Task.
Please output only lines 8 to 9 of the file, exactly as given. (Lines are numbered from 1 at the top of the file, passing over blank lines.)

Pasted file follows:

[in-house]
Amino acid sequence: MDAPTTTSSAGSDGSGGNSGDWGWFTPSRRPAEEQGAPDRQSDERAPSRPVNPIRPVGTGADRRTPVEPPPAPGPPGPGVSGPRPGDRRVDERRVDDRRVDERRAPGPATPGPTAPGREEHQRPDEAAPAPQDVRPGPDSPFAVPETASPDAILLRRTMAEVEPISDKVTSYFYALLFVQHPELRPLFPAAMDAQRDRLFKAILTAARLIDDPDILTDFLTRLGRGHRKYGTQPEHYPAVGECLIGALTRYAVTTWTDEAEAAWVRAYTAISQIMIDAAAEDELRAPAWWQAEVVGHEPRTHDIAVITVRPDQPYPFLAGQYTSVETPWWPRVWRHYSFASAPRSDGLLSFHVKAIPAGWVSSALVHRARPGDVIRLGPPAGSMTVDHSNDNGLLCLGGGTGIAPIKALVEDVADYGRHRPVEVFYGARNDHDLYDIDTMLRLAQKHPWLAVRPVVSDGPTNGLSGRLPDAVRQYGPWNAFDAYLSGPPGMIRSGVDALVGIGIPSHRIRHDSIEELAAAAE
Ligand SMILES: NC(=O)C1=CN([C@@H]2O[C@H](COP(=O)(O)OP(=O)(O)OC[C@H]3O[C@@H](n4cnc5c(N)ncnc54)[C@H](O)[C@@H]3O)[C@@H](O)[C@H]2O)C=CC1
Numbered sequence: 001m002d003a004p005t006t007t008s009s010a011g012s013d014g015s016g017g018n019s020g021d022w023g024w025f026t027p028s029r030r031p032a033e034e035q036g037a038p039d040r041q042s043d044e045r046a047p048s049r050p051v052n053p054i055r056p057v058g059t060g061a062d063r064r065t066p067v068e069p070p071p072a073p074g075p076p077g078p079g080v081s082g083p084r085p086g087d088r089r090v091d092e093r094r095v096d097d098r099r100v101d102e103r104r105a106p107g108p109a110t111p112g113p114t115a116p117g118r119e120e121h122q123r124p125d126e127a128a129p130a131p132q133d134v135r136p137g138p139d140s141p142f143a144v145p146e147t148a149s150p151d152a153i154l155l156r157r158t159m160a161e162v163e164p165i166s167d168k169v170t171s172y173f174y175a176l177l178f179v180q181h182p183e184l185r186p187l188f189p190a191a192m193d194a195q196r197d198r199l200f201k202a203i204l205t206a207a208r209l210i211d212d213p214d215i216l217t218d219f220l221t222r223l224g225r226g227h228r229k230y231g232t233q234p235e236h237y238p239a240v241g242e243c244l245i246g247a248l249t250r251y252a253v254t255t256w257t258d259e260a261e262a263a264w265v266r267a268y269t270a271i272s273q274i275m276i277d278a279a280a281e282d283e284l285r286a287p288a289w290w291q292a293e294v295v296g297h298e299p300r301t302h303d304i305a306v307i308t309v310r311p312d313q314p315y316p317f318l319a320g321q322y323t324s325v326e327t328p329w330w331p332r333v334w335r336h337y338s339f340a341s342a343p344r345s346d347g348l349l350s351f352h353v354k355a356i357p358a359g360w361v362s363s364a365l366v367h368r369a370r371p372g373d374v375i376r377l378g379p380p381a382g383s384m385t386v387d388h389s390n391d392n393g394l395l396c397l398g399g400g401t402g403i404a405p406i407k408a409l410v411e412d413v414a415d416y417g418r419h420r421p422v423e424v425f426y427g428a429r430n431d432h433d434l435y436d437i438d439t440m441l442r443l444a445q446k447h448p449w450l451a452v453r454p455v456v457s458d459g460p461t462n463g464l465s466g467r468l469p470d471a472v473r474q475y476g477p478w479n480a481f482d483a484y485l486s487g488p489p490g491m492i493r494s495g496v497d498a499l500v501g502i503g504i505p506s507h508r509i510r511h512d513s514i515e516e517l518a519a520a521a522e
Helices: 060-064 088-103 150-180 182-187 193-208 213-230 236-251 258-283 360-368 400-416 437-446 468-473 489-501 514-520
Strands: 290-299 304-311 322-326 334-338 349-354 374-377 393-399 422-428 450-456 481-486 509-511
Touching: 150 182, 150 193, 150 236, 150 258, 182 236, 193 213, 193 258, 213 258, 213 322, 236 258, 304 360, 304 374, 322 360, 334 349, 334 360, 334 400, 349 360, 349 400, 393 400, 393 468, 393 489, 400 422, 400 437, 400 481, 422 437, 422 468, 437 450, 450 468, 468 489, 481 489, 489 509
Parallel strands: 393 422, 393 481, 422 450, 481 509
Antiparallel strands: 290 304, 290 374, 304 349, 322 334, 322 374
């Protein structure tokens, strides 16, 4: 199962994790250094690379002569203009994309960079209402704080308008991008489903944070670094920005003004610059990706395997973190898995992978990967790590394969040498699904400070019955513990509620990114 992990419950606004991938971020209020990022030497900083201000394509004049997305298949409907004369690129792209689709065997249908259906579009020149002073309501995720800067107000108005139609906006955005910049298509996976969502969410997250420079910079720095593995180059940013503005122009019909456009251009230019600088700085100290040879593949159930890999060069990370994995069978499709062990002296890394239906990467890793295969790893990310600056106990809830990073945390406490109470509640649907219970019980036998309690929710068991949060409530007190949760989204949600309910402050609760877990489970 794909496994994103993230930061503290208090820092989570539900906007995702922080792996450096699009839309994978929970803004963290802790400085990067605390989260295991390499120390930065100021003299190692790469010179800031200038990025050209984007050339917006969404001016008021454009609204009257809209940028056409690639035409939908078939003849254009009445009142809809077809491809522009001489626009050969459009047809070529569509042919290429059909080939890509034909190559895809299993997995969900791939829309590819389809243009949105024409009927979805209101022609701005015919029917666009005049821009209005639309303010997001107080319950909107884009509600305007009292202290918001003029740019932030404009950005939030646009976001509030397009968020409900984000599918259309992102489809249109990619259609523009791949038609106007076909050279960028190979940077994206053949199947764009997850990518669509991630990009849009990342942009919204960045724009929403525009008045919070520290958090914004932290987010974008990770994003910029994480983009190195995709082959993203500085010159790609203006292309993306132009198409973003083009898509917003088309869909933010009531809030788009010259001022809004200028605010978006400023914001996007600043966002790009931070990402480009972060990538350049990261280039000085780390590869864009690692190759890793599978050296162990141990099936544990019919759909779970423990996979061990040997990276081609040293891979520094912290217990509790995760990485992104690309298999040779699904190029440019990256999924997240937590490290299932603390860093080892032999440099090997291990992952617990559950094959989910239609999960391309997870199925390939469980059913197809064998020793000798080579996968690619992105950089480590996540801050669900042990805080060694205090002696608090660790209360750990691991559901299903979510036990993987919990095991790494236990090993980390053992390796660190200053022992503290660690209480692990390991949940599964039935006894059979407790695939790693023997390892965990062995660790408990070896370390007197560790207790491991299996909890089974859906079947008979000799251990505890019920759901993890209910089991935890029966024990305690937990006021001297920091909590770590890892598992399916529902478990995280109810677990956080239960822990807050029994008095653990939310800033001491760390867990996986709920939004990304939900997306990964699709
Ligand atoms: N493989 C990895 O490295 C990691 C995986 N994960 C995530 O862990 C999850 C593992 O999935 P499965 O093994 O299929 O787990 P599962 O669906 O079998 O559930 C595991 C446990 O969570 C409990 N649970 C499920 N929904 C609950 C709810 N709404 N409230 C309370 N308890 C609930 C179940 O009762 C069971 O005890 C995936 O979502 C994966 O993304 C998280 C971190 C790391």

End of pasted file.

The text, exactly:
Parallel strands: 393 422, 393 481, 422 450, 481 509
Antiparallel strands: 290 304, 290 374, 304 349, 322 334, 322 374